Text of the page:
The LA COPs are payable from garbage collection fees, which may double in LA County because of the new way garbage must be handled.

Also, California is home of the largest issuer of lease bonds in the nation: The California State Public Works Board.

The Board has sold over $2 billion in par for COPs outstanding. Last year, the Board sold $302 million in COPs for the trustees of the University of California. "That was the largest lease issued sold in the nation during 1990," Illyes added.

Since 1988, the Board has borrowed heavily for higher education facilities and prisons. California's prison population of 100,000 is at 175% of capacity and the population is expected to grow at a rate of 10,000 per year. "To reach the standards set by the State Board of Prison Review, 125% of capacity, the Board must spend $2.7 billion by 1995," Illyes said.

Pooled Lease Report at Year's End

Illyes' next research report will be pooled lease financings, which should be published by the end of the year.

California has more pooled lease financings than any other state, Illyes said. Often a service or lobby group is established, which then creates a not-for-profit corporation which acts a financing conduit for a group of cities, special districts or a group of governments in a particular region.

Examples are the County Supervisors Association of California (CSAC) and Association of Bay Area Governments.

He stressed that "some of these are revolving loan pools, so we don't know who the members will be, say, in five years."

Illyes added that many of the pool deals are done for unusual reasons, such as the CSAC's excess liability insurance pool financing.

Earlier this year, Illyes produced a research report entitled: "California School COPs and Bonds after Richmond."

Richmond School District's bankruptcy prompted the report, which was highly publicized because President Bush's administration had touted the school district as a model for the nation.

Basically, Richmond initiated as "system of choice" that featured magnet schools and the students could choose among the schools according to their interests.

Unfortunately, Richmond spent $60 million more than it had a over a three year period and had to declare bankruptcy when it could not pay teachers. Subsequently, the Contra Costa County Court ordered the state to lend money to the school district so it would not close down. "Once a school district or other municipal entity enters bankruptcy court," Illyes said, "there is an open question about what happens to its outstanding debt."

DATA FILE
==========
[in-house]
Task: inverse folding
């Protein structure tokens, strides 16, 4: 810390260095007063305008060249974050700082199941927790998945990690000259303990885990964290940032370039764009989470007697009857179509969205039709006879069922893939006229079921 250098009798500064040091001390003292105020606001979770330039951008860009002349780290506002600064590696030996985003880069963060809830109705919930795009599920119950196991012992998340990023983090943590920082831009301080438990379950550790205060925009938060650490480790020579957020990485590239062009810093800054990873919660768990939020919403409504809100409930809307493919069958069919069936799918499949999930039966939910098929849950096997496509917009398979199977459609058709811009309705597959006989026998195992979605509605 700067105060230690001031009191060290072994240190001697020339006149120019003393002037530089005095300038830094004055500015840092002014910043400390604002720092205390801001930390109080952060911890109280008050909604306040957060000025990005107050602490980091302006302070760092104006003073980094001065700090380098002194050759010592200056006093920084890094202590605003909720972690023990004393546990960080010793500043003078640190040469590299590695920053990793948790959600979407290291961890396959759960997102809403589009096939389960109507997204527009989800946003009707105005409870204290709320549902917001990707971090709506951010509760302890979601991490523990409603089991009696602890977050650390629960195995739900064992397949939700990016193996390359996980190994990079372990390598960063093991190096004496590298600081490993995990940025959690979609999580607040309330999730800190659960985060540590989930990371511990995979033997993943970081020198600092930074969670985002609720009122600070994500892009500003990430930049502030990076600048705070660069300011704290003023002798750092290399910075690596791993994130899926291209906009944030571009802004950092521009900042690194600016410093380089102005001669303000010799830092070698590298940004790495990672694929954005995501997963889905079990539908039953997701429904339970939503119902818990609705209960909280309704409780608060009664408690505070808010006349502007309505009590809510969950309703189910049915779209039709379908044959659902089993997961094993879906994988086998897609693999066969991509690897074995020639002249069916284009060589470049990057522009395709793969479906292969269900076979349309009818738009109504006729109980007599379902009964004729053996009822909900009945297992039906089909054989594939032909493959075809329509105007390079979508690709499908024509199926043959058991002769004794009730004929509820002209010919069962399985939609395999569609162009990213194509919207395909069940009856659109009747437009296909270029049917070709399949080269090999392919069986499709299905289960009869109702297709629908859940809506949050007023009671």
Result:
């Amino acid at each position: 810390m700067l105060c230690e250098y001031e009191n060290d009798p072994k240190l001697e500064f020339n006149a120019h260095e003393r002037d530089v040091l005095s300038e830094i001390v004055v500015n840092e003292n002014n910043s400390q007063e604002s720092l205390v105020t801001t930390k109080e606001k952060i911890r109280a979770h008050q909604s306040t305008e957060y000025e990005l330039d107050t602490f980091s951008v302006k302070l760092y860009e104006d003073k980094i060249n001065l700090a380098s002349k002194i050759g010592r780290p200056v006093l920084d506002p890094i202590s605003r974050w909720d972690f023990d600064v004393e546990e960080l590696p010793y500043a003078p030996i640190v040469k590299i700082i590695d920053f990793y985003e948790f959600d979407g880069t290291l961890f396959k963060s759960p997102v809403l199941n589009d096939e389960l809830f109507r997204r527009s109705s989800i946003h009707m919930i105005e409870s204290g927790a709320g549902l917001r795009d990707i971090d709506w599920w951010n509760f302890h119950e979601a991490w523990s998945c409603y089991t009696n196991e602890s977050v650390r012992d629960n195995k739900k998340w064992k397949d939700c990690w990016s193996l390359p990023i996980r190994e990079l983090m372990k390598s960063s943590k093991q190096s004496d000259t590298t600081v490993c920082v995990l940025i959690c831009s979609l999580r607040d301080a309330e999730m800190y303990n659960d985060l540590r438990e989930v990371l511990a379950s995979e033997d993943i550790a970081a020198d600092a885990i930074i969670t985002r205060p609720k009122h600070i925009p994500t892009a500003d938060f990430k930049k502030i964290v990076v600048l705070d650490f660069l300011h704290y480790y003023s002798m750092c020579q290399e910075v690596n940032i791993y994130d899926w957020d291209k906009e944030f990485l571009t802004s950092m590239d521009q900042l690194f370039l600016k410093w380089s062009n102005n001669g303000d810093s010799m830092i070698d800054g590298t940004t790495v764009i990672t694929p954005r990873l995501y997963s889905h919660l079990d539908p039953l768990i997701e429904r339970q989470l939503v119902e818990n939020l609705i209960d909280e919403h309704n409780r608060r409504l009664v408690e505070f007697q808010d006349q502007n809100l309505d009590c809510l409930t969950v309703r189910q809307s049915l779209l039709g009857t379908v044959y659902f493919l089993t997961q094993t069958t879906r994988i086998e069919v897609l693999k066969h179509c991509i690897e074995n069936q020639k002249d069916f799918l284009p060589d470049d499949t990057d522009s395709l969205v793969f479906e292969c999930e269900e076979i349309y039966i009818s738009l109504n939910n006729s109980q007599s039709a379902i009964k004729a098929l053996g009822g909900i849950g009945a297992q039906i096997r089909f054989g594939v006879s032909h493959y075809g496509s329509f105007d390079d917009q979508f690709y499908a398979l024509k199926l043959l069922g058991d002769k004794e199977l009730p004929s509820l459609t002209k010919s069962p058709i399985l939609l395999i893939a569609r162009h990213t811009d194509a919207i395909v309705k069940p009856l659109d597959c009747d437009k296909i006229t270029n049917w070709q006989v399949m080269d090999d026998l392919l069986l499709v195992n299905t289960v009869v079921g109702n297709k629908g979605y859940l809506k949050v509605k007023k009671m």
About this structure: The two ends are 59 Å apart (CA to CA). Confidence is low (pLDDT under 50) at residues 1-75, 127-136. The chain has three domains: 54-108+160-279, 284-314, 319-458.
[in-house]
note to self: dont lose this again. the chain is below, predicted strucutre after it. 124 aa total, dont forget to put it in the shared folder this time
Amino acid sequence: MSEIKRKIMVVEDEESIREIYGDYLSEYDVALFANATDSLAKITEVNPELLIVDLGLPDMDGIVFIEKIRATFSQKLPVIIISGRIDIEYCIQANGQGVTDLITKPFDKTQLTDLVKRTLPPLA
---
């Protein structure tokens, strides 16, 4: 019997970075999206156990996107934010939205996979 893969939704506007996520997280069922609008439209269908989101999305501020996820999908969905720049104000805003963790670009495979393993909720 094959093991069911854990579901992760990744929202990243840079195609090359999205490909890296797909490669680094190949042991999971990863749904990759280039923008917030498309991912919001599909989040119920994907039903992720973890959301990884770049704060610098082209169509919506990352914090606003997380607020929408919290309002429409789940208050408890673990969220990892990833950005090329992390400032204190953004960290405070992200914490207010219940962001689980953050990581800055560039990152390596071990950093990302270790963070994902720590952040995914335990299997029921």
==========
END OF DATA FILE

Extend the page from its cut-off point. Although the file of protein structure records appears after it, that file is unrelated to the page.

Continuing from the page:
Illyes added there are several school districts in California which are fiscally precarious and the report includes a table showing the weakest California districts. "Some could well follow Richmond into bankruptcy," he said.

The California Department of Education keeps a watchlist of troubled school districts and in this way conduct surveillance of weak school districts.

Report on "How Indiana

Lease Bonds Work"

A new report, "How Indiana Lease Bonds Work," is due out in about two weeks. The comprehensive 40-page report covers all municipal lease transactions in Indiana, both state and local issues.

"Nearly all local Indiana lease bonds are payable from unlimited property taxes," Illyes said, "and state lease bonds are payable from general fund approprations."

"But, another group of local Indiana lease bonds are non-ad valorum credits - payable solely from revenues," he said. These are sold by counties and are payable from three types of income taxes.

The report contains profiles of five major Indiana lessors, including the State Office Building Commission, Indiana's largest lessor.

The commission has sold capital complex revenue bonds, whichfirst constructed and then rennovated office buildings, then engaged in parking lot construction, and will soon undertake lease financings for prisons, Illyes said.

Illyes will be speaking at the All-American Municipal Analysts Conference in New York.